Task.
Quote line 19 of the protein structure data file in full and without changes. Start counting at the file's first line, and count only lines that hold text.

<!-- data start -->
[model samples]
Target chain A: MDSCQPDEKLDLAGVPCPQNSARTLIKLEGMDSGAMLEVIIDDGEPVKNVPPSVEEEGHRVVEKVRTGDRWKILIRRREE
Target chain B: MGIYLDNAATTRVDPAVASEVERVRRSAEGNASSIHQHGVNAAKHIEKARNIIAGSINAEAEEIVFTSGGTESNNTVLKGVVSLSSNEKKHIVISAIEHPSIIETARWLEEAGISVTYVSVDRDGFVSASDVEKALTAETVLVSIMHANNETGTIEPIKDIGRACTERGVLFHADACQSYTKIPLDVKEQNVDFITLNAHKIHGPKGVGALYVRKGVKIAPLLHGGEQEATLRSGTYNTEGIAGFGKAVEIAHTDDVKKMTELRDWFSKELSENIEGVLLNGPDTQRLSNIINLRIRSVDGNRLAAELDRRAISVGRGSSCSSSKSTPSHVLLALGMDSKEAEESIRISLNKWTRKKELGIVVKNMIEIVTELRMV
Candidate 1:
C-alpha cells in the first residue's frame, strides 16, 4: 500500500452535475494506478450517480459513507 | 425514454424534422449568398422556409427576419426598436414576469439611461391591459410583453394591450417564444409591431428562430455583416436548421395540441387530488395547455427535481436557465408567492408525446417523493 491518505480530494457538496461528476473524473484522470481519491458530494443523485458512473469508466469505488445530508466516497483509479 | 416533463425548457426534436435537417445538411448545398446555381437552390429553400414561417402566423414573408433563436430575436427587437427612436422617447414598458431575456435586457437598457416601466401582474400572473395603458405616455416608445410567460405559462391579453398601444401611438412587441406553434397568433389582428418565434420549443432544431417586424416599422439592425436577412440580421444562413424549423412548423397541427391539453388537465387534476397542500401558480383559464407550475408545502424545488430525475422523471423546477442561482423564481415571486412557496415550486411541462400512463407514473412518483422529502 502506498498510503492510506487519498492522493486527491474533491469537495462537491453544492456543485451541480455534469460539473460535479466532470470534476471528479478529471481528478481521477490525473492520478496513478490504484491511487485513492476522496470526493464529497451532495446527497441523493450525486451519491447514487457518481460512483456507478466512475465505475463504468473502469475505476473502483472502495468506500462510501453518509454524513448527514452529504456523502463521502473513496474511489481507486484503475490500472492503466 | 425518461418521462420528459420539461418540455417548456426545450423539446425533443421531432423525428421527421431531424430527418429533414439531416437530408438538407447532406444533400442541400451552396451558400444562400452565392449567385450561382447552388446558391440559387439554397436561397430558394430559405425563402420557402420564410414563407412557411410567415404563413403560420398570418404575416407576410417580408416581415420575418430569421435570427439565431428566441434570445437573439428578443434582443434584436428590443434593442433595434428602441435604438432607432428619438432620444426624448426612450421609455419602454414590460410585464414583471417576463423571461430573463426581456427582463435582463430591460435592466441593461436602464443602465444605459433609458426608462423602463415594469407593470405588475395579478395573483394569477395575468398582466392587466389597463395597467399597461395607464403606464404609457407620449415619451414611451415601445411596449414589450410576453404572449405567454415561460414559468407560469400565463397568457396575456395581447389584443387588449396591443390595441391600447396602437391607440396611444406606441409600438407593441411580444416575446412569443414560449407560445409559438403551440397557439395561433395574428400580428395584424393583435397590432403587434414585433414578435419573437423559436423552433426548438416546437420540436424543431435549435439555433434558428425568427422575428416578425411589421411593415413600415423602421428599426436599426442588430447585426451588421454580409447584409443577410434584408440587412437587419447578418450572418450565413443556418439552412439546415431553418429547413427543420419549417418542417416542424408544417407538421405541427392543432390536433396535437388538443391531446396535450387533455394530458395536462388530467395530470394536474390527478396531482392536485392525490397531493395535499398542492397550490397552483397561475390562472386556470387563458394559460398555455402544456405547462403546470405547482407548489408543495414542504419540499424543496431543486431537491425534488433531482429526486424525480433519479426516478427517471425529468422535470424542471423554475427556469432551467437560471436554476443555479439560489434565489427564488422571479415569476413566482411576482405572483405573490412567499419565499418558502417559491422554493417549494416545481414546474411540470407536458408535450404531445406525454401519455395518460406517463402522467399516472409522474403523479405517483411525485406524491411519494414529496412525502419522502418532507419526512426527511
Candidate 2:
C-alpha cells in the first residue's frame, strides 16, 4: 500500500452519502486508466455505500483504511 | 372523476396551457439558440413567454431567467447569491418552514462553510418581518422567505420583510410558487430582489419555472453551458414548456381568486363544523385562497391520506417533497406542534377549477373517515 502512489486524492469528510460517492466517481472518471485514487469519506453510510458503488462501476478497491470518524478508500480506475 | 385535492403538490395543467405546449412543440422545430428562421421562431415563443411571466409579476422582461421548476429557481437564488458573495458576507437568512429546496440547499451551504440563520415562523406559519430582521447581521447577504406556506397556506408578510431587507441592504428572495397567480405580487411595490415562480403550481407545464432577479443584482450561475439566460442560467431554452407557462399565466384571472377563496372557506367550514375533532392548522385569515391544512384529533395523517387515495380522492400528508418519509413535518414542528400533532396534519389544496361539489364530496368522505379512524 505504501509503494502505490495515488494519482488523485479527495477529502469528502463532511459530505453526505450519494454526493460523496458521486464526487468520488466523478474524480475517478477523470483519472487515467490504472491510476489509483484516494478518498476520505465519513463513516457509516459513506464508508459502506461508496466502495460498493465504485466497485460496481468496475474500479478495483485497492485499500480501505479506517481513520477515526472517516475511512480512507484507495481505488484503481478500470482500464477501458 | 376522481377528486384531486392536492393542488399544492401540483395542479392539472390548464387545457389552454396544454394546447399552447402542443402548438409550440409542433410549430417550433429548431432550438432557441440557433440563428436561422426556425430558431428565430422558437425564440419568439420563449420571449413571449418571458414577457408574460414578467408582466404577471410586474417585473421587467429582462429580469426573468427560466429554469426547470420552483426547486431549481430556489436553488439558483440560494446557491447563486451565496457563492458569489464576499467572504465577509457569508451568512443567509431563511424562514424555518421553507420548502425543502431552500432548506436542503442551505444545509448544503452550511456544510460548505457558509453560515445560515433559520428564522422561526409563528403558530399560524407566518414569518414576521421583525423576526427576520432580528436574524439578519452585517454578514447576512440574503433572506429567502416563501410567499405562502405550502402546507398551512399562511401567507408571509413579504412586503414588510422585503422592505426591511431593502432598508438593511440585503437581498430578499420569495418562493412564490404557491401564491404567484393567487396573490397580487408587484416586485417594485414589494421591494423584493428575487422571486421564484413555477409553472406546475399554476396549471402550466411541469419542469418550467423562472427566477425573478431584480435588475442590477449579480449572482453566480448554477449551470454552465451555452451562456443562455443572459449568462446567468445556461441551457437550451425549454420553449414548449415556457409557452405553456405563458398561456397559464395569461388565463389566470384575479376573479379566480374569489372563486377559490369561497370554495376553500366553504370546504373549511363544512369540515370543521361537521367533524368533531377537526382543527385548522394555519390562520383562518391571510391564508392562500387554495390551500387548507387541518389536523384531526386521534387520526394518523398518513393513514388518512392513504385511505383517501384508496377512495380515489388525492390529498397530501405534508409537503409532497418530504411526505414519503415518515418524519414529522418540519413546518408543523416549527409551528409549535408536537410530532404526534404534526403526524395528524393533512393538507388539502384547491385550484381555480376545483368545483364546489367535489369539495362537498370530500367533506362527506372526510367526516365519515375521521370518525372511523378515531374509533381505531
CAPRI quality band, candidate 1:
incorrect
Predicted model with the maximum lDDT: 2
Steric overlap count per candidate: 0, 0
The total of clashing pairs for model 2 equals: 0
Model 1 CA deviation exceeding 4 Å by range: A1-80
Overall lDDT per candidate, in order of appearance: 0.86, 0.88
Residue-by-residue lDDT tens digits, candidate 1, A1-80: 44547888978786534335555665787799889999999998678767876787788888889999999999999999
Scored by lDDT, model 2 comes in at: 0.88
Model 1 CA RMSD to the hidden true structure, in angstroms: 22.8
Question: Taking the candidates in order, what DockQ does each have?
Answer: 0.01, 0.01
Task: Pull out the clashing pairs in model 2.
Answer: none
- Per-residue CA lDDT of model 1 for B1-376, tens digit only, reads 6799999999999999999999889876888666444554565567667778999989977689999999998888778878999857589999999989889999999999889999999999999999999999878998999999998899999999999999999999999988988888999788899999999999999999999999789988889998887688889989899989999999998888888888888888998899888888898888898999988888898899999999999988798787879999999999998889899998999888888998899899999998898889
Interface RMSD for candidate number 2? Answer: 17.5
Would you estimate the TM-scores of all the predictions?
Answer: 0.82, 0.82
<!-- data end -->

Answer: 0.01, 0.01